Carbon dioxide is a colorless gas that is well known to many of us!
From the time we were in school, we knew that we inhale oxygen and exhale CO2. But is that all we need to know?
Probably no! As we indulge more in chemistry, we can see, there are many more things related to CO2. To learn all those things smoothly we need to know about this gas in more detail.
So without further adieu, let’s quickly jump into the “ Carbon dioxide world”!!
This gas has a different use in different fields. From being used as a refrigerant to carbonated beverages, CO2 is everywhere. We must not forget how important it is for the plants!!
It is used in different industries as well.
The molar mass of CO2 is 44.009 g/mol and density is 1562 Kg/m3. Now let us learn the basic concepts about CO2 molecules.
CO2 Lewis Structure
The lewis structure of CO2 can be with some simple steps, but before that, it is important to understand lewis structure properly.
So lewis structure generally gives us an idea about the nature of bonding and octet fulfillment of the atoms. According to the octet rule, an atom attains stability by fulfilling its octet.
For example, in CO2, carbon needs 6 electrons to fulfill the octet, whereas oxygen needs only 2 electrons.
Now, let us quickly go through the steps for creating a lewis structure of any compound.
Step 1 – First and foremost we need to calculate the total valence electrons present in the molecule. Care should be taken regarding +, – signs. A ‘+’ sign means losing electrons and ‘-‘ means gaining.
Step 2 – Next we need to figure out the central atom of the molecule. Mostly the atom with the highest bonding sites is the central atom.
Step 3 – Next step will be, creating a skeleton containing only single bonds.
Step 4 – Then we need to complete the octet of the atoms with the electrons left. It’s advisable, to begin with, the electronegative atoms and then the electropositive ones.
Step 5 – After that, we need to ensure if there is a requirement of multiple bonds for fulfilling the octet rule of all atoms.
Step 6 – At the end ensure all the atoms are in their lowest possible formal charge. The calculation for formal charge can be done using the formula given below:-
Now let’s move on to the lewis structure of CO2,
Number of valence electrons of carbon = 4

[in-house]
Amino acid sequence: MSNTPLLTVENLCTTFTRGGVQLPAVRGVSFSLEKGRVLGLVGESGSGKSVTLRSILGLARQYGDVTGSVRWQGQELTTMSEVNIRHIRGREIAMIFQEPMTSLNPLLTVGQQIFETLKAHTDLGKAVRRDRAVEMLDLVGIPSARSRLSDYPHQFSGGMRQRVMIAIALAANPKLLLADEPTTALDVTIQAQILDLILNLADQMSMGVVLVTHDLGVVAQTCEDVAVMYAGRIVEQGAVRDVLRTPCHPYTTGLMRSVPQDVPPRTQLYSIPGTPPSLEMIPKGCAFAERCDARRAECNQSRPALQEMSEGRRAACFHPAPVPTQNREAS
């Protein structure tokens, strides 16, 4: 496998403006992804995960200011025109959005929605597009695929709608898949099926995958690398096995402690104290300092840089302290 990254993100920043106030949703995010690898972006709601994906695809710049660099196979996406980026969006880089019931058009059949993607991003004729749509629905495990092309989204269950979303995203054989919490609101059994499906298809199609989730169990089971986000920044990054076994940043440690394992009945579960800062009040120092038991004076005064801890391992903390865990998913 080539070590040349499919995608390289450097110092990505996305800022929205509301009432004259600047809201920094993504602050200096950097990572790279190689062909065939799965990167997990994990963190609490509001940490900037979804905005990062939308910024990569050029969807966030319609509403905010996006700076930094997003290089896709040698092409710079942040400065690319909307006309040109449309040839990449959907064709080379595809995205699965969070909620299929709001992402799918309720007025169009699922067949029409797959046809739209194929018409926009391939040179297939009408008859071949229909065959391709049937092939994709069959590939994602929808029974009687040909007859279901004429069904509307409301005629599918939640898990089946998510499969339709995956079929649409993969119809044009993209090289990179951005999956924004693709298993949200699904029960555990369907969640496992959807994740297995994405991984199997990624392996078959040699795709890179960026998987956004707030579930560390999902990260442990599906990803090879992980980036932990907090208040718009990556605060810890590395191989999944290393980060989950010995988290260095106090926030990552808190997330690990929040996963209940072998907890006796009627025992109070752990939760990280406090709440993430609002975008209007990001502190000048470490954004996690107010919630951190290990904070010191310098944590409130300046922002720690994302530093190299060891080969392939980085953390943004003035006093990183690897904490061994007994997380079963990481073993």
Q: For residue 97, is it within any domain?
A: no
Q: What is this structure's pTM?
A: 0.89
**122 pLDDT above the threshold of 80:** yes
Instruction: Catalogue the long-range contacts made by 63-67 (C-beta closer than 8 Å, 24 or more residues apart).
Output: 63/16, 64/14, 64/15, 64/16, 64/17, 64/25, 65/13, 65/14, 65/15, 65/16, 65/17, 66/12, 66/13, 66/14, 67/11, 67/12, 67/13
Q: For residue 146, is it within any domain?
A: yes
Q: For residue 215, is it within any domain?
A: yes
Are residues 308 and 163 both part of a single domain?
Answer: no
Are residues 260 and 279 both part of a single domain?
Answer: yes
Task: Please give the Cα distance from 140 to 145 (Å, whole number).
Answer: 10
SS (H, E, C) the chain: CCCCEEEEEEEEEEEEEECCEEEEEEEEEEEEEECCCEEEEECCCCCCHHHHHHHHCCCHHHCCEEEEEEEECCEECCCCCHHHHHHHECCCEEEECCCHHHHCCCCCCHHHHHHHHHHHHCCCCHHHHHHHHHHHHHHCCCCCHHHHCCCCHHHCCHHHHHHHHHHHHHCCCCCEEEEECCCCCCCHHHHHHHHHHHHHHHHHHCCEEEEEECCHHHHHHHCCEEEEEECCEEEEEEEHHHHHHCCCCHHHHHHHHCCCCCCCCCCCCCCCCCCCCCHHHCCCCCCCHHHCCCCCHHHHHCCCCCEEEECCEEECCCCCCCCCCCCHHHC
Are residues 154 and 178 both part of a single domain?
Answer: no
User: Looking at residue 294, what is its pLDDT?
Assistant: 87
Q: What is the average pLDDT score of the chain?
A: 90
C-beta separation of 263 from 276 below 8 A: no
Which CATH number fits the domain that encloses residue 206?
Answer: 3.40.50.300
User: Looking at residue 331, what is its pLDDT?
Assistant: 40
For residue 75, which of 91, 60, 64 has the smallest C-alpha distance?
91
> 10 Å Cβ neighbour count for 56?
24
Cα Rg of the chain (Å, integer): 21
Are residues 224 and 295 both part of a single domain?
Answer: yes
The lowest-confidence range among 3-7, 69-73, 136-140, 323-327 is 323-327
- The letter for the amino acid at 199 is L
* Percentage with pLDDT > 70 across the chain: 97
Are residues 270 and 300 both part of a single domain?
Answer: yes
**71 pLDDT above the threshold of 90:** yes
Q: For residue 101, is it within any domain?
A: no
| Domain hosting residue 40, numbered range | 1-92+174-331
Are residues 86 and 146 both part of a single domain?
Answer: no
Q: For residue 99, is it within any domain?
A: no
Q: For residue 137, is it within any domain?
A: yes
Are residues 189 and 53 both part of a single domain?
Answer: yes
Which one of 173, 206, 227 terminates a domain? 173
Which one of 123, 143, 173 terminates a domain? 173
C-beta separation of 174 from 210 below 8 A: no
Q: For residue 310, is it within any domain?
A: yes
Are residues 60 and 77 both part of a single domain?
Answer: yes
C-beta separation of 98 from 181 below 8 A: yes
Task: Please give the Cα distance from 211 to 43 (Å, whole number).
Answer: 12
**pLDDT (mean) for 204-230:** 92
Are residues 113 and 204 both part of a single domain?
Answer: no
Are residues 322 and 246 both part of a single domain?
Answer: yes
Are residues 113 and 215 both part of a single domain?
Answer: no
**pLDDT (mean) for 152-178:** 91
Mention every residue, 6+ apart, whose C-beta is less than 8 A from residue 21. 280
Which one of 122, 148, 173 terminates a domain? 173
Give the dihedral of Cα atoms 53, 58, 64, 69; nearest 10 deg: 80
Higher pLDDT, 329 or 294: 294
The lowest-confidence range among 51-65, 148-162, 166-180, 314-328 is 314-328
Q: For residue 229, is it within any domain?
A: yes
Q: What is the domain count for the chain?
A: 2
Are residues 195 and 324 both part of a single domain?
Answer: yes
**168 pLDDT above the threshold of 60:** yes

Number of valence electrons of oxygen = 6
Number of valence electrons for 2 oxygen atoms = 6*2 = 12
Total valence electron = 16
Now, while deciding the central atom, notice that carbon has the highest bonding sites. Thus carbon is the central atom of this molecule.
Following up the step and after drawing the skeletal diagram, we see that 4 electrons are used so far. Still, 12 electrons are remaining.
But, looking at the octet of atoms, observe that carbon’s octet is not fulfilled. Thus according to the rule, changing the lone pairs into double bonds is necessary.
Now, the remaining electrons will be 8. These 8 electrons are distributed among the surrounding atoms.
In the end, check that carbon and oxygen both are having 8 electrons. Also, both are having the lowest possible formal charge.
Thus the lewis structure of CO2 is formed using 4-5 simple steps!
The hybridization of CO2 is Sp. The carbon atom is Sp hybridized and oxygen atoms are Sp2, making the overall molecule Sp hybridized.
Hybridization can be understood by 2 methods, one by understanding the combination of the orbitals and 2nd by using a simple formula.
Let’s understand the theory first and then we can use the formula easily!
The ground state configuration of C = 1s2 2s2 2p2
And ground state configuration of O = 1s2 2s2 2p4
Now when the atoms reach their excited state, 1 electron from the 2s orbital of carbon jumps to vacant orbital 2p. Thus new configuration becomes – 1s2 2s1 2p3
This leads to the formation of 2 Sp orbital involving one electron of 2s and 1 electron of 2p orbital of the carbon atom. The p orbitals of oxygen combine with the hybrid orbitals formed and a sigma bond is formed.
This explains the theory of hybridization in CO2. Now let’s come to the exciting part! The formula!!
The formula to find the hybridization of any compound is,
H = ½ [ V+M-C+A]
H represents the hybridization, V represents the number of valence electrons, M represents the number of the monovalent atom, C represents the charge of the cation, and A represents the charge of the anion
Now if H is 2, then it’s Sp hybridization
Likewise, if H= 3, it indicates Sp2 hybridization.